Former Interior Cabinet Secretary Joseph ole Lenku on Friday took over the reins of power as the governor of Kajiado, crowning the fast rise-fall-and-rise career of the former hotelier.
The self-effacing man shot to limelight in 2013 when President Kenyatta lifted him from complete obscurity and hoisted him to the powerful Interior ministry in a stunning move that raised questions about the suitability of the choice.
Even though the 46-year-old former head of the Kenya Utalii College was later dropped from the Cabinet following a spate of terrorist attacks, he has maintained he put in place long term measures which “brought forth the peace we are enjoying now”.
Away from the limelight, Mr Lenku went ahead to fashion himself in the grassroots as a front runner so much so that he whitewashed former Kajiado County Council chairman Tarayia Ole Kores during the Jubilee Party primaries.
Mr Lenku outfoxed long-time political players such as Mr Kores and other gubernatorial hopefuls Daniel ole Nina aka Livondo and George King’ori.
Mr Lenku then went ahead to delicately steer his campaign through the slippery divide between surging Maasai nationalism and the clamour for inclusivity in a county which, as the “bedroom of Nairobi”, is home to many communities.
And this is where rain beat his opponent David Nkedianye of the National Super Alliance (Nasa).
“Nkedianye made a very big mistake. During the nominations he supported Maasai candidates against those from other communities within the Nasa family.
“This was especially so in the populous constituencies of Kajiado North and Kajiado East,” Sironka ole Masharen, a local political analyst, said.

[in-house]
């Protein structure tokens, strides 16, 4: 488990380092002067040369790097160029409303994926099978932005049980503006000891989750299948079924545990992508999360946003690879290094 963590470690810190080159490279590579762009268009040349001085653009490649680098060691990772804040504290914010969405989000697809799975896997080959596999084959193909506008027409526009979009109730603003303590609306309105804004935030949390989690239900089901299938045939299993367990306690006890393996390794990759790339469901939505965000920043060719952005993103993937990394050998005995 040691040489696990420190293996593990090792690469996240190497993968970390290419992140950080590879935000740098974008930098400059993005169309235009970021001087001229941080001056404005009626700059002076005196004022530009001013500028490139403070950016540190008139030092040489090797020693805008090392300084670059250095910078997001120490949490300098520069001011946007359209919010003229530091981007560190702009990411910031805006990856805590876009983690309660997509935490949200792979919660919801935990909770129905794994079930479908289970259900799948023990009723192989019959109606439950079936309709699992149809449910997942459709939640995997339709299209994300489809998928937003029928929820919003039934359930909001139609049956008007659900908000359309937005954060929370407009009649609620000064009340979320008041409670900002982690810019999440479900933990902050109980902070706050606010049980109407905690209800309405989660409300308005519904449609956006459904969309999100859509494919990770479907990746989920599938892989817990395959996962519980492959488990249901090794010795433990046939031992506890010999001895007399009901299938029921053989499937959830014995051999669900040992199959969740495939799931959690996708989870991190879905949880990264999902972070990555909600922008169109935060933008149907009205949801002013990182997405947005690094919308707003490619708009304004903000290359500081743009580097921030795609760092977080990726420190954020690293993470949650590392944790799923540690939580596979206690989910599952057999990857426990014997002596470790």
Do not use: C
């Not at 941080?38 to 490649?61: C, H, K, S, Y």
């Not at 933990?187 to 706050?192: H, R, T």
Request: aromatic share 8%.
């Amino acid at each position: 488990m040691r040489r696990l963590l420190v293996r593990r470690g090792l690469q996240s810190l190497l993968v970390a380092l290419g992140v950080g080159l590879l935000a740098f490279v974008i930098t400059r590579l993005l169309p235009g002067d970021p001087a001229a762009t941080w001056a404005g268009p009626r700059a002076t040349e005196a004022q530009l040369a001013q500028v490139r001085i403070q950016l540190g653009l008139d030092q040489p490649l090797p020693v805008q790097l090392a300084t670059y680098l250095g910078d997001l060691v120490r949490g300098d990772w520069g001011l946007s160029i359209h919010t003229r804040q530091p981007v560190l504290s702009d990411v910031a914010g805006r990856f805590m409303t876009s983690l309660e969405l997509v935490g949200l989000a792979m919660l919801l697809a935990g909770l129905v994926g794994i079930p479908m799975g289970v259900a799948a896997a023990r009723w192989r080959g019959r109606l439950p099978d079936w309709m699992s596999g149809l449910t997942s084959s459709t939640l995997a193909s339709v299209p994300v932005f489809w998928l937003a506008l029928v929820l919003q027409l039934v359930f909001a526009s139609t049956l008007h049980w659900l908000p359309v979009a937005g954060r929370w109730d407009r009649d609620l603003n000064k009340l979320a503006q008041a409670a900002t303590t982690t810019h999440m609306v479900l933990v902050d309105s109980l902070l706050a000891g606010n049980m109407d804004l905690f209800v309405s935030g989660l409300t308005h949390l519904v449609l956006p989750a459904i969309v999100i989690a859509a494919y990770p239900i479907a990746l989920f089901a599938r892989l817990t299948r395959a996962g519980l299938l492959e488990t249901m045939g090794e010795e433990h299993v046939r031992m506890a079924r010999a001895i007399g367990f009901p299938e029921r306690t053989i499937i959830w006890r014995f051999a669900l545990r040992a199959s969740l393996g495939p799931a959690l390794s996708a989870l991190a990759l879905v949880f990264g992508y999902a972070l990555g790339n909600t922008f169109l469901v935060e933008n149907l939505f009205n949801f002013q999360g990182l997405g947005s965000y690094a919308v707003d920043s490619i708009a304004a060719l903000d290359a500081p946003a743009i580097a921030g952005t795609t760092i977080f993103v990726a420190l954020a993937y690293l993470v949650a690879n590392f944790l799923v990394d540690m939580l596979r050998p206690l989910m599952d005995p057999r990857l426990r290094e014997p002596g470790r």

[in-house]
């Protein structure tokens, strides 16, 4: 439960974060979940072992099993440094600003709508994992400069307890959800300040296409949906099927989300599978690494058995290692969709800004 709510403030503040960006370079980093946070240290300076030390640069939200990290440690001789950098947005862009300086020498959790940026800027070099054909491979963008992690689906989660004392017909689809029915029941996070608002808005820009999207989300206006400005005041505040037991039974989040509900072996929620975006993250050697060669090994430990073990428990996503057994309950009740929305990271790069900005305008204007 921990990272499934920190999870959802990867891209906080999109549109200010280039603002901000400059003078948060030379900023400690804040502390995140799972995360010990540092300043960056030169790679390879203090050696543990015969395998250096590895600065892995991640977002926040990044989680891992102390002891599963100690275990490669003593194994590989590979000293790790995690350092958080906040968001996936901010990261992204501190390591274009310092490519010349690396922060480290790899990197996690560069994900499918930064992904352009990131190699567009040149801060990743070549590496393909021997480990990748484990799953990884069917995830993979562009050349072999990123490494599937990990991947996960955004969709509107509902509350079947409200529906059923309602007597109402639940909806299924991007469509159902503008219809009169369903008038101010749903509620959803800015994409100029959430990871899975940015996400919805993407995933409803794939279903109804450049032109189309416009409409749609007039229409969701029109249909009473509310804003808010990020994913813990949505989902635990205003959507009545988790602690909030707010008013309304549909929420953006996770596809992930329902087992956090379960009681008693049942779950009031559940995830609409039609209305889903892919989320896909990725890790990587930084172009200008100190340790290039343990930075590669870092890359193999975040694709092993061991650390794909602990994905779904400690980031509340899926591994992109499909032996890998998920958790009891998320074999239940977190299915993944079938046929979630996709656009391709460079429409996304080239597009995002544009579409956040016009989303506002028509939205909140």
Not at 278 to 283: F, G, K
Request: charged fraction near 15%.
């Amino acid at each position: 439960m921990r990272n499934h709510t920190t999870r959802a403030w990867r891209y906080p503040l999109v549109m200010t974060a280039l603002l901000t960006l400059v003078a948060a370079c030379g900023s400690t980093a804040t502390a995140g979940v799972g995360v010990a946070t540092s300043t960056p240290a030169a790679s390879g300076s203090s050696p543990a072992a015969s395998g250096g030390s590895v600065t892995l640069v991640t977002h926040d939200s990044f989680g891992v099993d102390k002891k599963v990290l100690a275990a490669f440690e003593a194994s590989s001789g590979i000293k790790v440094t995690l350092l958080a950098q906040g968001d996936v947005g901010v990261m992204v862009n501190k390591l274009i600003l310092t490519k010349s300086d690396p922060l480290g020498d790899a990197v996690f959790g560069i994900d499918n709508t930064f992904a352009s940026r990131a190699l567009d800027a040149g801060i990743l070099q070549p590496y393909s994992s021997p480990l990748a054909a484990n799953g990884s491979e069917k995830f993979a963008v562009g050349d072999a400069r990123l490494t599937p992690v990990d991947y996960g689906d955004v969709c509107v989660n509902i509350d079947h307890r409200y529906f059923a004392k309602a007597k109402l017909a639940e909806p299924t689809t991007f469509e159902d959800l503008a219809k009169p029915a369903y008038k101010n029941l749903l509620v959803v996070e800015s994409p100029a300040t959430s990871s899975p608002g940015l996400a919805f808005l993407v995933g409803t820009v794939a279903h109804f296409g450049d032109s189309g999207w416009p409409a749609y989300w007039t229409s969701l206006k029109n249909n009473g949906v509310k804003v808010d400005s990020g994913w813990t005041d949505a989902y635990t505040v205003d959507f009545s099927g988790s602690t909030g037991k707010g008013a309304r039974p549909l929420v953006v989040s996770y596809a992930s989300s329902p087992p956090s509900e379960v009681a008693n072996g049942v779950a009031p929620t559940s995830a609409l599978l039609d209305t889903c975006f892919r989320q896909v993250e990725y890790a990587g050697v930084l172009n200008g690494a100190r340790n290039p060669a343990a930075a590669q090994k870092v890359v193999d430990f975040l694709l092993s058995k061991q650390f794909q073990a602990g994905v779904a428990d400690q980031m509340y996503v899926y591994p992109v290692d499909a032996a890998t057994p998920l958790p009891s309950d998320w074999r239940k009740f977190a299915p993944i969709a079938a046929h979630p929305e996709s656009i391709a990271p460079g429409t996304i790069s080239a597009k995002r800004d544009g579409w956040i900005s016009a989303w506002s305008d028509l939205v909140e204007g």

Mr Masharen, a respected Maa historian, explained that Nasa leader Raila Odinga made things worse for Dr Nkedianye when he made remarks to the extent that immigrants shouldn’t buy land in Kajiado.
“This statement affected especially the Kisii vote. Acting Interior CS Fred Matiang’i’s campaigns amongst members of the community had this voting block all sewn up for Jubilee,” Mr Masharen, who wrote the seminal book The Maasai Pioneers, said.
Dr Nkedianye has been unable to shake off the tag of being ‘anti-immigrant’, due to punitive measures against small time investors in the county.
A key area of concern was the allocation of market facilities in Kitengela where locals were favoured in a tussle that led to bloodshed.
The notable lack of developmental action plan in the towns of Kitengela, Ongata Rongai, Ngong’, Kiserian and Isinya also affected the governor’s performance.
Failure to deal with the sewerage systems and collection of garbage irked the business community who accused Dr Nkedianye of ignoring their plight.
“These towns have rapidly grown without commensurate attention to infrastructure.
“Traffic jams, flooding and heaps of garbage portrayed a leadership that had focus elsewhere,” John Kinyua, a businessman in Kitengela, said.
The county government also rubbed investor communities the wrong way when they braked the sale of land in the county.
“The land mess in Kajiado has a political angle that can’t favour the governor,” Mr Simon Ole Kipury, a land merchant, told Saturday Nation in the final week of the campaigns.
To counter Dr Nkedianye’s sour relationship with traders, Mr Lenku presented himself as “a safe pair of hands”.
In the final analysis however it is immigrant communities, mostly the Kikuyus, who did it for Mr Lenku.
Kajiado North, where they are the majority, had (in 2013) 101,275 voters – 33 per cent of voters in the county.
Three Cabinet secretaries attended event.